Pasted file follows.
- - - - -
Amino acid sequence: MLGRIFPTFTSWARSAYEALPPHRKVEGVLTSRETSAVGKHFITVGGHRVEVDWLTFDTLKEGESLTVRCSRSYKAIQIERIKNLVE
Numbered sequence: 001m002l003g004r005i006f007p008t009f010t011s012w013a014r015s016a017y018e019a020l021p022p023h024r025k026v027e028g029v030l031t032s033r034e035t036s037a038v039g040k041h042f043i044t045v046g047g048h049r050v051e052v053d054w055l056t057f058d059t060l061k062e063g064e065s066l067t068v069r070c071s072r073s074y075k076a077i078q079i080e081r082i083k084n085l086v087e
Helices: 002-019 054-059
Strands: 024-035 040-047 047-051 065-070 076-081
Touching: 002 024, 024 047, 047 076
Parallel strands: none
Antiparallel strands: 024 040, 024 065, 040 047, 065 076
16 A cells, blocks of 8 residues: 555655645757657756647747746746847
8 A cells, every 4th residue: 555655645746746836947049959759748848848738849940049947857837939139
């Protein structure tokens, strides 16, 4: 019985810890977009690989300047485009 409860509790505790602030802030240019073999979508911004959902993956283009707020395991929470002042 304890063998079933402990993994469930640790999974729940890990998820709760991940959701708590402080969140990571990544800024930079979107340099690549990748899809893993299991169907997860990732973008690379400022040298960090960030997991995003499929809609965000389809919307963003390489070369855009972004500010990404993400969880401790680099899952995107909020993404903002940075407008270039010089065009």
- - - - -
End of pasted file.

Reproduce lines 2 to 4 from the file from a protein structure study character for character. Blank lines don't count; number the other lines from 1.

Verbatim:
Numbered sequence: 001m002l003g004r005i006f007p008t009f010t011s012w013a014r015s016a017y018e019a020l021p022p023h024r025k026v027e028g029v030l031t032s033r034e035t036s037a038v039g040k041h042f043i044t045v046g047g048h049r050v051e052v053d054w055l056t057f058d059t060l061k062e063g064e065s066l067t068v069r070c071s072r073s074y075k076a077i078q079i080e081r082i083k084n085l086v087e
Helices: 002-019 054-059
Strands: 024-035 040-047 047-051 065-070 076-081